France and the social and solidarity economy
The social and solidarity economy is made up of a myriad of diverse organizations: there are associations, insurance companies, cooperatives, foundations, integration structures, etc. The sector, however, is characterized by its operating methods: joint management and governance; limiting profits in the name of social, solidarity and cooperation objectives; no speculation on company shares.
It appeared in the 19th century and until the 1960s remained in the tradition of the associative social economy. In the 1970s it changed, with the desire to fight inequalities and protect the environment, adding to the growth of “solidarity” activities for vulnerable populations and neglected territories.
For many years, the social and solidarity economy was undervalued, marginalized and caricatured as a generous and naïve utopia. Today, this old notion is coming back with a vengeance! The reason for this unexpected revival is the scale which it has taken on, which can no longer be ignored. It’s not every day that utopia is achieved…
It was thought that the social and solidarity economy was outdated and yet it is breaking new ground. An example is the cooperative society Repic in Montpellier, which draws up projects before seeking managers to implement them. The social and solidarity economy is seen as having no real ambition, but it includes major companies:
Vitamine T in Lille (3,000 employees), Groupe SOS (10,000 employees); Crédit coopératif (2,000 employees); Pôle Sud-Archer in the Drôme department (1,200 employees)... In France, 200,000 companies involved in the social and solidarity economy employ over 2 million people, a total of 1 in 8 private-sector jobs. Activity in the sector accounts for almost 10% of GDP.
In the past ten years, the social and solidarity economy created 440,000 new jobs – an increase of 23%, compared to 7% in the traditional economy.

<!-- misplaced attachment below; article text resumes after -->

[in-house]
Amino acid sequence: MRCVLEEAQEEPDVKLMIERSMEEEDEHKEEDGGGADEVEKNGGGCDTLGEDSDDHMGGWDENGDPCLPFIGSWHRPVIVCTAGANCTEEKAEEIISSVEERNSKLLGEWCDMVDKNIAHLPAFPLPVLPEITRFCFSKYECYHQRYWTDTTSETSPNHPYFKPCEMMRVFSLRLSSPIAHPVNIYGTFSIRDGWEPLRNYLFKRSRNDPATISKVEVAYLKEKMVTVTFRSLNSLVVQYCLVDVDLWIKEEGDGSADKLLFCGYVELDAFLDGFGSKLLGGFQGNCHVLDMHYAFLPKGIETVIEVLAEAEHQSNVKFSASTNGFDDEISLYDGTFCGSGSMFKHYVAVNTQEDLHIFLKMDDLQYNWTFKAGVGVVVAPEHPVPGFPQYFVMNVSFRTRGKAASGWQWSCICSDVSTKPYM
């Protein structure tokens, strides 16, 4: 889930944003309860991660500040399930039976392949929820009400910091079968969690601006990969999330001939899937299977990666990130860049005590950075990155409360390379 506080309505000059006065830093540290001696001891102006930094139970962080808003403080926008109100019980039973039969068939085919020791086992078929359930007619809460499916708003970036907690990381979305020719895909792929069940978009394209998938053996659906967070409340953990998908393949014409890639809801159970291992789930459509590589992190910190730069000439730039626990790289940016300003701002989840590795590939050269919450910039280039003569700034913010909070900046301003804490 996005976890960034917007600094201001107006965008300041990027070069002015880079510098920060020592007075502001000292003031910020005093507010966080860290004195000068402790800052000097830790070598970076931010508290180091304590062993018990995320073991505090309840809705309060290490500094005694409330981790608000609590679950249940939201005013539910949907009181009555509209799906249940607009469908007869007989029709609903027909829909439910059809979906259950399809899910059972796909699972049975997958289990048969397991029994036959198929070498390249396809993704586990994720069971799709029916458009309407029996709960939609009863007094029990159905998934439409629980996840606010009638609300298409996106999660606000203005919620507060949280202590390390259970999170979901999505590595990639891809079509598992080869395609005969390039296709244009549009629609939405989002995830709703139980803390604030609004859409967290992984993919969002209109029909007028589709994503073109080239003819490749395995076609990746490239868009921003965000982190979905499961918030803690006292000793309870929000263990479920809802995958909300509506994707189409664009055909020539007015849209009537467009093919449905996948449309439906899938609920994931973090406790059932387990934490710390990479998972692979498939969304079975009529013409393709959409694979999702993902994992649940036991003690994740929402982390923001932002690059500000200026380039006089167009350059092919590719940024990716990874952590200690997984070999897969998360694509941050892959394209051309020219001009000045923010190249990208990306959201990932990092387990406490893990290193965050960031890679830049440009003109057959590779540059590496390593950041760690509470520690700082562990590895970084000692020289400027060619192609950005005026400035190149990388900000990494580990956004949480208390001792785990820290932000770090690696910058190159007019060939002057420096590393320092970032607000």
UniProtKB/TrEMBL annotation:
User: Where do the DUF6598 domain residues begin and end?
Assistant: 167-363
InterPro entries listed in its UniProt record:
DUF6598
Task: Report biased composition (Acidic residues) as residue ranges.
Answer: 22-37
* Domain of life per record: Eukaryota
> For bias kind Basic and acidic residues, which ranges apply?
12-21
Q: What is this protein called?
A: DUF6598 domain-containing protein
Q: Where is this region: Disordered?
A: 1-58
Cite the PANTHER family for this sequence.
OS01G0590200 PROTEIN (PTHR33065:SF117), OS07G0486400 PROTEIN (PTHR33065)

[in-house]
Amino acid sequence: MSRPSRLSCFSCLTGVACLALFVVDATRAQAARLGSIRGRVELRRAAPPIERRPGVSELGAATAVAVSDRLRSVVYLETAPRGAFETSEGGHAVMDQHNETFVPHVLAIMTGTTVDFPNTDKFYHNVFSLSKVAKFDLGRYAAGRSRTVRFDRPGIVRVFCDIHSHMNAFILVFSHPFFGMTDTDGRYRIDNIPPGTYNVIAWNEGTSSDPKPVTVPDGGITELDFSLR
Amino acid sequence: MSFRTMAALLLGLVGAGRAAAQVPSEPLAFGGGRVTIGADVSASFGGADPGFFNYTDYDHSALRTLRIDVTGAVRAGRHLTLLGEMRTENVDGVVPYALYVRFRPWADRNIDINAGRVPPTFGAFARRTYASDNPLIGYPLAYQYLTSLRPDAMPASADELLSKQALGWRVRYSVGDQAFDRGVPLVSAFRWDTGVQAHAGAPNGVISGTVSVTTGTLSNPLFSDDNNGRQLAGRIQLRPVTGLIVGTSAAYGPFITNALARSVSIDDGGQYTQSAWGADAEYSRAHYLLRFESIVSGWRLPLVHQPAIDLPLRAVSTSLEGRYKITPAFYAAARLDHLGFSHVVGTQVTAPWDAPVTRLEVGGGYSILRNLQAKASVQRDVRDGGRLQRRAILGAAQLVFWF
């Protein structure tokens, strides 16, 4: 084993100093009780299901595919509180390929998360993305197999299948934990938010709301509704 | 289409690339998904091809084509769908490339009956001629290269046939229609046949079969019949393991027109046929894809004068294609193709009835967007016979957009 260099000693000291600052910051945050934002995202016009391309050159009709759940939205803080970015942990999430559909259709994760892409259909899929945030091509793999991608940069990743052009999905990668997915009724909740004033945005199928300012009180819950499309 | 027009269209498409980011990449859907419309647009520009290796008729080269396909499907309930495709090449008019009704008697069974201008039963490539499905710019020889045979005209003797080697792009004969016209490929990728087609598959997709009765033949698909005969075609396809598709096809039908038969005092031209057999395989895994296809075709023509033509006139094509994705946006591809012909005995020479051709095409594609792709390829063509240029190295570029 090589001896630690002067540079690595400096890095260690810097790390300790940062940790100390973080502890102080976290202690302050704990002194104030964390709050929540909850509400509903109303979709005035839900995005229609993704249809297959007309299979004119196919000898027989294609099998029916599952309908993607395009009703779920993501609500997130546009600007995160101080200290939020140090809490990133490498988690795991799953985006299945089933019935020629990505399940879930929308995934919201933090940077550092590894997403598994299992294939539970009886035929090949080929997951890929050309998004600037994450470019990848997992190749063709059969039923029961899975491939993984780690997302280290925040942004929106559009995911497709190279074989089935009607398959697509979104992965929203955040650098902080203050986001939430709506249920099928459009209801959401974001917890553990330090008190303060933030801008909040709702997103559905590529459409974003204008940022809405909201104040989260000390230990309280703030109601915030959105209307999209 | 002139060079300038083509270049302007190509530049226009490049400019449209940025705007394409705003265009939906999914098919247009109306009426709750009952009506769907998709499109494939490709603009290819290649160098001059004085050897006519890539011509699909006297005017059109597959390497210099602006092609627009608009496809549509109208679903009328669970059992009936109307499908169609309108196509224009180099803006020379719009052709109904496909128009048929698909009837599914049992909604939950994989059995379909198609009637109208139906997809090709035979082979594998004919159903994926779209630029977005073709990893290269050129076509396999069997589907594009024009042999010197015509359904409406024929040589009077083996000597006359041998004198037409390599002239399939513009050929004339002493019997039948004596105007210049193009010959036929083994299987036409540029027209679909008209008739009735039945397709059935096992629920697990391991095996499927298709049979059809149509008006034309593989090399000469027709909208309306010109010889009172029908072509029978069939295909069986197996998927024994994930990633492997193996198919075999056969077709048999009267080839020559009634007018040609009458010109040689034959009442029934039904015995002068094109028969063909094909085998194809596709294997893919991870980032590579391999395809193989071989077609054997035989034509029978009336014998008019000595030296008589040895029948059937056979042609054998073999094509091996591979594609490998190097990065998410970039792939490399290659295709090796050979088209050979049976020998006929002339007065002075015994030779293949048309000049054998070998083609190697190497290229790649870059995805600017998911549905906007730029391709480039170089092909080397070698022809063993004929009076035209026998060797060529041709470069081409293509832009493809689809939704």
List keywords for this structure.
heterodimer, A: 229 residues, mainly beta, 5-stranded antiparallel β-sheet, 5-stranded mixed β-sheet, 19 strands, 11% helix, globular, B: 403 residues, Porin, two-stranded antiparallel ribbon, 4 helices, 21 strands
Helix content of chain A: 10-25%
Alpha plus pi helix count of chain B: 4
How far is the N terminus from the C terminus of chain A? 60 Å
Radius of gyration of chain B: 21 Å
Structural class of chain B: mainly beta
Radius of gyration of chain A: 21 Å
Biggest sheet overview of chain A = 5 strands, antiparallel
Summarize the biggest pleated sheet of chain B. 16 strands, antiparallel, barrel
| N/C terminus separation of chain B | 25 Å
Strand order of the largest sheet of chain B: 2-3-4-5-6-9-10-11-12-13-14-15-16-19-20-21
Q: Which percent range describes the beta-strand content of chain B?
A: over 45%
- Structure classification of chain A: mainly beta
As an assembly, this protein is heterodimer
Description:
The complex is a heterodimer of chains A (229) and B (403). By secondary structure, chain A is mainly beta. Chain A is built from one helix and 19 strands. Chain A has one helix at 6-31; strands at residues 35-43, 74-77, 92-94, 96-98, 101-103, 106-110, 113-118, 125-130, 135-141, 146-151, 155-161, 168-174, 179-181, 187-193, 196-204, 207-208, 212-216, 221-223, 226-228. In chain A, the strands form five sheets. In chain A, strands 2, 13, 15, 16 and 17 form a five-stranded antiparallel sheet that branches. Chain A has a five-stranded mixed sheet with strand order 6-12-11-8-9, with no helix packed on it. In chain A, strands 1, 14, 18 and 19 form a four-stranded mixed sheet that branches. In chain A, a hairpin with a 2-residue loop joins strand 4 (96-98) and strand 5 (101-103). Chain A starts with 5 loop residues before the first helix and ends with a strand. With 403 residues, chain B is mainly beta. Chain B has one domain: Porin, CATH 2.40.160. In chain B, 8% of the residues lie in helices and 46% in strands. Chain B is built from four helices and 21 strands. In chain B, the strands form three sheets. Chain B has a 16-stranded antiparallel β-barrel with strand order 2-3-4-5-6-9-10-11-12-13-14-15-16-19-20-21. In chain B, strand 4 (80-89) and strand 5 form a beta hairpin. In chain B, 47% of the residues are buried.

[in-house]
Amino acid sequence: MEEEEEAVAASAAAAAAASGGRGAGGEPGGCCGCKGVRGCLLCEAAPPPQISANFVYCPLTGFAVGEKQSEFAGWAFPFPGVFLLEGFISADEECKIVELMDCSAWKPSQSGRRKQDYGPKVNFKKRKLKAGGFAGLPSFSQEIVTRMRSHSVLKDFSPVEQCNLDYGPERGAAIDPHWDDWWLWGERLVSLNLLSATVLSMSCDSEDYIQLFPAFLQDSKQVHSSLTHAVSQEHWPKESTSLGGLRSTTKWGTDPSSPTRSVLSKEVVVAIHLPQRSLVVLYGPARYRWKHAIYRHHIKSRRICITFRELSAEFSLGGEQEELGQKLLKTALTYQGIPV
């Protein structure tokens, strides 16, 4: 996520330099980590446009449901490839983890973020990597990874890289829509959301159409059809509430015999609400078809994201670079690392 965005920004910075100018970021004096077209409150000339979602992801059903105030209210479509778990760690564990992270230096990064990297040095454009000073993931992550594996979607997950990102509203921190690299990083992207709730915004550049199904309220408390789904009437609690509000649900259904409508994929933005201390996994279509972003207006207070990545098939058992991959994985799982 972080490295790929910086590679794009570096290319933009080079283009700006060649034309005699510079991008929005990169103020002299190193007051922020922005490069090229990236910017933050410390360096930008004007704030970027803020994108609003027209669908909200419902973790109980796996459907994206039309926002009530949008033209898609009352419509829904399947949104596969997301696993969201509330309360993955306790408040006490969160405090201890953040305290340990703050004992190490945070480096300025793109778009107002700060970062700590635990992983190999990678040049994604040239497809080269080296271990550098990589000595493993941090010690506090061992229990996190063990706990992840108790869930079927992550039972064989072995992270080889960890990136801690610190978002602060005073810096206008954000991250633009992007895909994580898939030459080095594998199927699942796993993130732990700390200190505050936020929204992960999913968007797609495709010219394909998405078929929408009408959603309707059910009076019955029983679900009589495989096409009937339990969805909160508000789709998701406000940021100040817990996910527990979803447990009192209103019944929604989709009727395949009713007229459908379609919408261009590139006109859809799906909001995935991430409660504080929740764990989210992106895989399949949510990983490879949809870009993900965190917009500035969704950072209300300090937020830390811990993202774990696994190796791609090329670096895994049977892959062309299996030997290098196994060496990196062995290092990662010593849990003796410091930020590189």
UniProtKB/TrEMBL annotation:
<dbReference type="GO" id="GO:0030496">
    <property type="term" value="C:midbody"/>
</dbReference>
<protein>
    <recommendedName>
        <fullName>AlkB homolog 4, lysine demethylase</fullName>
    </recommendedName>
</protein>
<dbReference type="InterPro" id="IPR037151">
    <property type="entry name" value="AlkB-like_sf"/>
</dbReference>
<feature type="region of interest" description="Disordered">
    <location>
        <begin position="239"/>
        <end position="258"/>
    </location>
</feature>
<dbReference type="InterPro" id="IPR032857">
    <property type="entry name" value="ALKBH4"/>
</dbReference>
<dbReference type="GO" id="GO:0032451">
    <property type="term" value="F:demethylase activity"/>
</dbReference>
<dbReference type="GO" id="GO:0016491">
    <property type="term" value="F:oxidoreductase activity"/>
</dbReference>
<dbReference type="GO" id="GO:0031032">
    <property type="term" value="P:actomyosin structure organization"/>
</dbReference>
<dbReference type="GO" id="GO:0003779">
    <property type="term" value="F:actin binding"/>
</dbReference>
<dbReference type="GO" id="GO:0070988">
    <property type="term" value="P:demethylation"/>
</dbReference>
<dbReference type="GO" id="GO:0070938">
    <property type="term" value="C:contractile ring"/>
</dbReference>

The social and solidarity economy is experiencing global growth which is estimated to amount to between 5% and 10% of world GDP. Internationally, the Intercontinental Network for the Promotion of Social Solidarity Economy has just held its 5th meeting in Manila. In France, the Mont-Blanc Meetings are attended by leaders from over 40 countries. Furthermore, the National Conference on Development and International Solidarity, run by the Minister Delegate for Development, enabled wide-ranging dialogue between sector stakeholders and the public authorities.
The social and solidarity economy also raises interest because the messages conveyed via its action resonate with the population. “They provide definitive answers to topical issues: social justice, inequalities, the environment, greater consideration of resources, explains sociologist and economist Jean-Louis Laville, director of a research laboratory at the French National Centre for Scientific Research (CNRS). We acknowledge that the social and solidarity economy can meet the needs of populations and territories."
Could this be the end of the domination of the State/market duo in the economic debate? In any case, it is recognition for civil society. In France, the aim of the future law is to support the development of the social economy, in particular by facilitating its financing. It is thus a “future strategic sector” for the Banque publique d’investissement (BPI) (French public investment bank) which will allocate it funds of €500 million.
Some figures on the social and solidarity economy in France:
2 million employees
10% of GDP